Harddrive boost comes in layers of iron and cobalt
A*STAR researchers have created a promising new material from thin layers of iron and cobalt that could enable magnetic recording technologies such as hard drives to be boosted with microwaves.
Zhou Tiejun, Chung Hong Jing and colleagues at the A*STAR Data Storage Institute fine-tuned both the magnetic properties and the microwave response in their thin layers, creating an ideal material to drive a tiny quantum-powered microwave generator called a spin torque oscillator.
The team had previously studied layers of cobalt and iridium and found a surprising magnetic irregularity—the material strongly preferred having its magnetic field aligned in one particular direction, a property known as magnetic anisotropy. With careful alignment of the material, its anisotropy would make it easier to magnetize and demagnetize.
In this new work, the team found that sandwiching cobalt with iron, instead of iridium, produced stronger magnetic anisotropy and had superior microwave performance.
Microwaves generated by a spin torque oscillator embedded in the read-write head of a hard drive would make writing the data more energy efficient, Chung said.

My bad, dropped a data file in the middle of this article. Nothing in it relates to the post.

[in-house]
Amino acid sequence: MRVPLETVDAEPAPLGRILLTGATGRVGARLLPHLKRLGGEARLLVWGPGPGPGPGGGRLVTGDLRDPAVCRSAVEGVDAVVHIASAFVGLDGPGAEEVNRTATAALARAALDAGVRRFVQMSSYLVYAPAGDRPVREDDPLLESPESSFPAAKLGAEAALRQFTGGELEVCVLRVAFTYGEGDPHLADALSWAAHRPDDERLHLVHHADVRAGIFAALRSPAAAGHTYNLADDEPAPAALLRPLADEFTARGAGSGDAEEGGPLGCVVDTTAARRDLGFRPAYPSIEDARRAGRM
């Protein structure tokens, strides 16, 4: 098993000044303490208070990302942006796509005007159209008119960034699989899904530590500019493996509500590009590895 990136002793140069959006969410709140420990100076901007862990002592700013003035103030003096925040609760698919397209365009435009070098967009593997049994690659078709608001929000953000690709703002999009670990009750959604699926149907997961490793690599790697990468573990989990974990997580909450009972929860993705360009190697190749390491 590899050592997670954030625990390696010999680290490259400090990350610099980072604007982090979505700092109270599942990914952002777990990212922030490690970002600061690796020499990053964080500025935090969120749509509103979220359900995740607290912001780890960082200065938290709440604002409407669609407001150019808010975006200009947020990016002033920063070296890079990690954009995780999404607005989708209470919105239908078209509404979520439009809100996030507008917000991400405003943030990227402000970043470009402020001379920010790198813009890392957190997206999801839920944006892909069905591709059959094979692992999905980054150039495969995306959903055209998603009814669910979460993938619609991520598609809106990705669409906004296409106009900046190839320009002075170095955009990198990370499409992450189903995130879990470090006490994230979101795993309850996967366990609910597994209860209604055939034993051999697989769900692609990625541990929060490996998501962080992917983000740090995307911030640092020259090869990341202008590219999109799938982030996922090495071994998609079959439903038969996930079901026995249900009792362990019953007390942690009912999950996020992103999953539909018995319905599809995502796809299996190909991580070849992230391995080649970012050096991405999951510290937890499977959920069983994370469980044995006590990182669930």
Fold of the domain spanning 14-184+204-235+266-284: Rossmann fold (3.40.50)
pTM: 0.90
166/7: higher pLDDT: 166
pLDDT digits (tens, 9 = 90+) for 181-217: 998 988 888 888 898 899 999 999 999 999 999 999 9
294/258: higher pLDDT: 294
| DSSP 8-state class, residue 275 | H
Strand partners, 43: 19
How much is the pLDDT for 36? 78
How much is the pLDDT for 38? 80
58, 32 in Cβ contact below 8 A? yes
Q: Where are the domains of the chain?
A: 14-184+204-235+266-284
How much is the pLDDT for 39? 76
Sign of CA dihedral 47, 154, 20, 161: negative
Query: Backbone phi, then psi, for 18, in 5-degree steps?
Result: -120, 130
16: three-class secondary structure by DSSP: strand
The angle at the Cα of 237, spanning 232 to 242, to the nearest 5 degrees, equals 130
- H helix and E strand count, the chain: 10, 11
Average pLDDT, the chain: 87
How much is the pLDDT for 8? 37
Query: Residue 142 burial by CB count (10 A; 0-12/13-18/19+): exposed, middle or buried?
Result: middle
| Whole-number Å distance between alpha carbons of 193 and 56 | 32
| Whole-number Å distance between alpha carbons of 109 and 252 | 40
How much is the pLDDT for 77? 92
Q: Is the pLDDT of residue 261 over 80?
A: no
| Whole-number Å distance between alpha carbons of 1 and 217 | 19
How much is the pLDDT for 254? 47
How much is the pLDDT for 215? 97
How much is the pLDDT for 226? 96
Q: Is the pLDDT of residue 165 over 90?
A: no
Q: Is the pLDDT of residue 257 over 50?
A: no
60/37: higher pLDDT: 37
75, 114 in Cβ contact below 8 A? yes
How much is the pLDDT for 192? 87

"The microwaves effectively lower the energy barrier for flipping the direction of the magnetic domains," says Chung.
The microwave signal would aid the switching of magnetization required to write data to a hard drive by setting the magnetic fields of the atoms in the hard drive weaving in circles, in the same way that a spinning top wobbles in circles, an effect known as precession. The cobalt-iridium stack lost the microwave energy quickly, like a top spinning on a thick carpet, an effect known as damping. However, in the cobalt-iron stack, the damping was much lower, like a top spinning on a hard polished floor.
The breakthrough came from the team's work in separately engineering the magnetic and microwave properties of the stack, said Chung.
"We take a lot of care to achieve the desired interfacial quality of the layers. Control at the nanometer level is utterly important," he said.
The team tested more than 30 combinations of materials, first exploring the effect of layer thickness, annealing temperature and sputtering rate and temperature. Finally, they tested them in a full stack configuration, concluding cobalt and iron in equal layers of 0.625 nanometers thickness was optimal.
Chung says there is much work still to be done to bring this technology to fruition.
"It's difficult, because of the complexity of the material design and the challenges of integrating the spin torque oscillator into the magnetic read-write head."
H S Wong et al. Reduction of magnetic damping and isotropic coercivity and increase of saturation magnetization in Rh-incorporated CoIr system, Nanotechnology (2016). DOI: 10.1088/0957-4484/27/45/455705